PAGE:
The attachment manipulator 19 can be caused to move by control of currents driven by a control computer 310 to the slave attachment motors 324 a by means of a servo-amplifier 334 (see FIG. 3B). By utilizing the slave attachment encoders 316 a and the additional attachment sensors 318 a, each attachment manipulator 19 feeds back data about the motion, position, orientation and forces exerted on its associated attachment assembly 21 (including the attachment arm 23 and the attachment members 25) to the control computer 310. The number of attachment manipulators 19 used in the present invention can be increased or decreased, depending on the particular surgical procedure. In the embodiment of the invention illustrated in FIGS. 24 and 27, two attachment manipulators 1919 are employed for operating a pair of attachment assemblies 2121.

Each of the attachment manipulators 19 may be adapted to support, orient and actuate a specially adapted attachment assembly 21, including a specially adapted attachment arm 23 and a specially adapted attachment member 25. The attachment arm 23 may be coupled to the attachment manipulator 29 in any suitable manner. Likewise, the attachment member 25 may be coupled to the attachment arm 23 in any suitable manner. The attachment member 25 can be any suitable type of apparatus or device that is capable of tracking the surgical worksite 86, as best shown in FIG. 25; or restricting motion of the surgical worksite 86, as best shown in FIGS. 23 and 24; or at least partially immobilizing (i.e., restricting at least one degree of movement) of the surgical worksite 86, leaving a resultant surgical worksite 86 a (see FIG. 26) in motion with at least one residual degree of movement, and subsequently tracking the motion of the at least one residual degree of movement of the resultant surgical worksite 86 a, as best shown in FIG. 27. The attachment member(s) 25 may be releasably attached to the surgical worksite 86 in any suitable manner, such as, and by way of example only: mechanically (e.g., by clamping); adhesively (e.g., by use of any dissolvable adhesives); suture(s) (e.g., by use of removable suture(s)); suction; and/or the like.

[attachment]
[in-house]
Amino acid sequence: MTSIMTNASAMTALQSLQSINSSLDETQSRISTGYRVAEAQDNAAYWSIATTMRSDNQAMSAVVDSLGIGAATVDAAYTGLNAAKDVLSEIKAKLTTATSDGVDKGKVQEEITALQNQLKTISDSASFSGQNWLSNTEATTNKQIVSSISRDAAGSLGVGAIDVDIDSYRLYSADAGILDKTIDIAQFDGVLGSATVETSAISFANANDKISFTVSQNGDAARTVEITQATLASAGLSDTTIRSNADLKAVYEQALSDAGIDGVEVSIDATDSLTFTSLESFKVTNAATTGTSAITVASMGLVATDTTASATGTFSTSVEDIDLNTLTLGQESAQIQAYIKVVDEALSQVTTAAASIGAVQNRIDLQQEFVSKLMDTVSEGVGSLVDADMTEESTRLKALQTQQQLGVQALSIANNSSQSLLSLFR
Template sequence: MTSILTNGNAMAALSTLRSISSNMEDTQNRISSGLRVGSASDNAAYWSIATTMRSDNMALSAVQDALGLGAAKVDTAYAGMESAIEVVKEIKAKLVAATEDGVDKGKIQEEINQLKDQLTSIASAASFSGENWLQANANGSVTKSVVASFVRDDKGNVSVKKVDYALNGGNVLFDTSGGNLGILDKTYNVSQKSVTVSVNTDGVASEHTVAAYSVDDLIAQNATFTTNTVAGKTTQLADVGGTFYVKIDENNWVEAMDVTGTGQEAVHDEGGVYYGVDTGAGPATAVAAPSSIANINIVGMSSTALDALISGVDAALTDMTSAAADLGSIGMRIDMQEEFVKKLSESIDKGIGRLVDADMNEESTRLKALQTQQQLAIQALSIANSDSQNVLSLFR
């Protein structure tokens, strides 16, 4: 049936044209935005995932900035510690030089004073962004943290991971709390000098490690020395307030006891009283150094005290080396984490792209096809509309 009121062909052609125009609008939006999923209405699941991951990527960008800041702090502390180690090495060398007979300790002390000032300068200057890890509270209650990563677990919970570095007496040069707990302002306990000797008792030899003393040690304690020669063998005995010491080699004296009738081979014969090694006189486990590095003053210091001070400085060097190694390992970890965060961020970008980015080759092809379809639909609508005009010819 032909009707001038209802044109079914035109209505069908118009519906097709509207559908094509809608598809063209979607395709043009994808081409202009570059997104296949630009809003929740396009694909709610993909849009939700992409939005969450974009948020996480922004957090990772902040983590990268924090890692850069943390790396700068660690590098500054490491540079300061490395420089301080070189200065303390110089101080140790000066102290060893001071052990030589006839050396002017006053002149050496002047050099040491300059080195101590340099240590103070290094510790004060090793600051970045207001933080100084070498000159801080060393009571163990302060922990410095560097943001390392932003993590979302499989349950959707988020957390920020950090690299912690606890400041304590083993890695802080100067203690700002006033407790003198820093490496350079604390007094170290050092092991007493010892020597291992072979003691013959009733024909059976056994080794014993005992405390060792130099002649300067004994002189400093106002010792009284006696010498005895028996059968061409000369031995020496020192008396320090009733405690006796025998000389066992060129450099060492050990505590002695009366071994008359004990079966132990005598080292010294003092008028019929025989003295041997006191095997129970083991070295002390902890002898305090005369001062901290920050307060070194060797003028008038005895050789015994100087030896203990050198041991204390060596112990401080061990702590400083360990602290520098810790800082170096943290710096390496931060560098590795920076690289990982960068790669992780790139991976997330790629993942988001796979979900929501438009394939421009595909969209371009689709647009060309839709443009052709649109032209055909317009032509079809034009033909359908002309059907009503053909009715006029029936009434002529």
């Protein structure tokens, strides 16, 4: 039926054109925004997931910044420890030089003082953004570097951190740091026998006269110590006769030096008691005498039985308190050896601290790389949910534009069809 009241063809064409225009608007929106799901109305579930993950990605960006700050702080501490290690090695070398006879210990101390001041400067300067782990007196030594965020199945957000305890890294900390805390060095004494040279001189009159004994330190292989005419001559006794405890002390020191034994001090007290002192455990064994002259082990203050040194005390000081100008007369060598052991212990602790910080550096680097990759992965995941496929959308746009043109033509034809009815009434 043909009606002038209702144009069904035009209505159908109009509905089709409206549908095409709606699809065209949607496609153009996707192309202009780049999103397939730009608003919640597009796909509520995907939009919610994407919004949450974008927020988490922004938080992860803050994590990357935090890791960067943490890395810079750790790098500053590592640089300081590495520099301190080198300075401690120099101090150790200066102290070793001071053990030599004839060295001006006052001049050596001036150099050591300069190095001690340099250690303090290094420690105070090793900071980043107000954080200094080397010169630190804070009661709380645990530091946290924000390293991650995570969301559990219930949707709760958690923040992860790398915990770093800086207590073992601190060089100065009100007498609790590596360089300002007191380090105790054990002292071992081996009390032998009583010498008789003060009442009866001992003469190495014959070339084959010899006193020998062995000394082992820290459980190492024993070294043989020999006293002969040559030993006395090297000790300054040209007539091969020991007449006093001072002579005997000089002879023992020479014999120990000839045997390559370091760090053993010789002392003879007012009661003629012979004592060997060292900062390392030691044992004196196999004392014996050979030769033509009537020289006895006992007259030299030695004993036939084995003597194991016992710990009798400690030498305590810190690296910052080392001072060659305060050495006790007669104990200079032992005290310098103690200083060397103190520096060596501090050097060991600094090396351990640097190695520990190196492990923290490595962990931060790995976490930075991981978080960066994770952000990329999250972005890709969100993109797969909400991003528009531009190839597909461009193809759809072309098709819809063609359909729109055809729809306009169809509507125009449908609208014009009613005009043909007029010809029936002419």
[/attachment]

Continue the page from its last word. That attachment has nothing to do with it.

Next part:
Referring now to FIGS. 17-22, there is seen a number of suction-type attachment members 25, all of which are releasably held by a conduit-type attachment arm 23 which is connectable to and in communication with a suction hose 29 (see FIG. 16) that communicates with a vacuum or suction source (not shown). In FIGS. 17 and 20 there is seen a circular design attachment member 25 having a plurality of openings 31 wherethrough suction occurs to releasably attach or engage this circular design attachment member 25 to the surgical worksite 86.

In FIGS. 18, 21 and 22 there is seen a linear design attachment member 25 having a plurality of openings 31 wherethrough a suction occurs to releasably engage the linear design attachment member 25 to the surgical worksite 86. The linear design attachment member 25 of FIGS. 18, 21 and 22 may be introduced through a cannula. Typically, when the linear design attachment member 25 of FIGS. 18, 21 and 22 is employed, at least two attachment manipulators 1919 (along with at least two associated attachment assemblies 2121) are employed in order to stabilize or monitor the surgical worksite 86 as best shown in FIG. 24. A preferred embodiment of an attachment member is disclosed in Applicants' co-pending U.S. patent application Ser. No. 09/399,457, filed Sep. 17, 1999 now abandoned Dec. 19, 2000, the full disclosure of which is fully incorporated herein by reference as if forming part of this specification.

In FIGS. 19, 26 and 27, there is seen a V-shaped design attachment member 25 which is capable of being introduced through a cannula (identified as “636” below) while in a collapsed condition and of being deployed to surround the surgical worksite 86 as best shown in FIGS. 26 and 27 after having passed through the cannula. The V-shaped design attachment member 25 includes a pair of attachment jaws 25 a25 a which are capable of pivoting at pivot 33. Each attachment jaw 25 a preferably includes a plurality of openings 31 wherethrough suction occurs to releasably engage the V-shaped design attachment member 25 around the surgical worksite 86. The jaws 25 a25 a may be spring-loaded to move in a direction as indicated by arrows R in FIG. 19, but are preferably directly controlled by an actuator motor which is not shown but could be comparable to the motor identified as “end effector drive motor 182” in U.S. Pat. No. 5,808,665, fully incorporated herein by reference thereto as if repeated verbatim immediately hereinafter.